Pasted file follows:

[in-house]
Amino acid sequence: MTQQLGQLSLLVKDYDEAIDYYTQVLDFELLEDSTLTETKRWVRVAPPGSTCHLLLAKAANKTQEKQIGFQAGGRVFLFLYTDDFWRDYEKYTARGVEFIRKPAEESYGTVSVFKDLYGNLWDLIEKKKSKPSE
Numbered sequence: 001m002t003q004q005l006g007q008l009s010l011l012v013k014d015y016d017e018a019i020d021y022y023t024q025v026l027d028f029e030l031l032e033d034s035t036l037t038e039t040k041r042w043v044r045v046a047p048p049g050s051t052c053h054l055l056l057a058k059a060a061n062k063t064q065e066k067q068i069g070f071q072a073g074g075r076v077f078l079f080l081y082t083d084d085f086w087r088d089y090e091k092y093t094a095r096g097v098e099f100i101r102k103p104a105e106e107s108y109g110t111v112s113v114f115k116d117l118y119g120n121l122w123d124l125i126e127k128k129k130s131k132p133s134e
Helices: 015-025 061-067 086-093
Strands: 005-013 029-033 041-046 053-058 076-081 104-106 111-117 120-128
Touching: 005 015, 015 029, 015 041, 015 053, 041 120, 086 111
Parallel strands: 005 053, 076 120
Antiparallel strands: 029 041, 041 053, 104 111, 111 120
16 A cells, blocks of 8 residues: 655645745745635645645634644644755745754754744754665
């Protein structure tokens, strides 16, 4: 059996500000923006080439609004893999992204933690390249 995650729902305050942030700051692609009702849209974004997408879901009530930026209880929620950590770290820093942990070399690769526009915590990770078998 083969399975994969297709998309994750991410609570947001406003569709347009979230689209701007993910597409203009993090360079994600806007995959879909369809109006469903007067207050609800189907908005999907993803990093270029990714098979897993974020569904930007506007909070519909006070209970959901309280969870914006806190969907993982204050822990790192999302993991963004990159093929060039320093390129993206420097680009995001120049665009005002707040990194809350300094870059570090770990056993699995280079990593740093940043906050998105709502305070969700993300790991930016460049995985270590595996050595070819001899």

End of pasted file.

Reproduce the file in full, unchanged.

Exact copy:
[in-house]
Amino acid sequence: MTQQLGQLSLLVKDYDEAIDYYTQVLDFELLEDSTLTETKRWVRVAPPGSTCHLLLAKAANKTQEKQIGFQAGGRVFLFLYTDDFWRDYEKYTARGVEFIRKPAEESYGTVSVFKDLYGNLWDLIEKKKSKPSE
Numbered sequence: 001m002t003q004q005l006g007q008l009s010l011l012v013k014d015y016d017e018a019i020d021y022y023t024q025v026l027d028f029e030l031l032e033d034s035t036l037t038e039t040k041r042w043v044r045v046a047p048p049g050s051t052c053h054l055l056l057a058k059a060a061n062k063t064q065e066k067q068i069g070f071q072a073g074g075r076v077f078l079f080l081y082t083d084d085f086w087r088d089y090e091k092y093t094a095r096g097v098e099f100i101r102k103p104a105e106e107s108y109g110t111v112s113v114f115k116d117l118y119g120n121l122w123d124l125i126e127k128k129k130s131k132p133s134e
Helices: 015-025 061-067 086-093
Strands: 005-013 029-033 041-046 053-058 076-081 104-106 111-117 120-128
Touching: 005 015, 015 029, 015 041, 015 053, 041 120, 086 111
Parallel strands: 005 053, 076 120
Antiparallel strands: 029 041, 041 053, 104 111, 111 120
16 A cells, blocks of 8 residues: 655645745745635645645634644644755745754754744754665
């Protein structure tokens, strides 16, 4: 059996500000923006080439609004893999992204933690390249 995650729902305050942030700051692609009702849209974004997408879901009530930026209880929620950590770290820093942990070399690769526009915590990770078998 083969399975994969297709998309994750991410609570947001406003569709347009979230689209701007993910597409203009993090360079994600806007995959879909369809109006469903007067207050609800189907908005999907993803990093270029990714098979897993974020569904930007506007909070519909006070209970959901309280969870914006806190969907993982204050822990790192999302993991963004990159093929060039320093390129993206420097680009995001120049665009005002707040990194809350300094870059570090770990056993699995280079990593740093940043906050998105709502305070969700993300790991930016460049995985270590595996050595070819001899």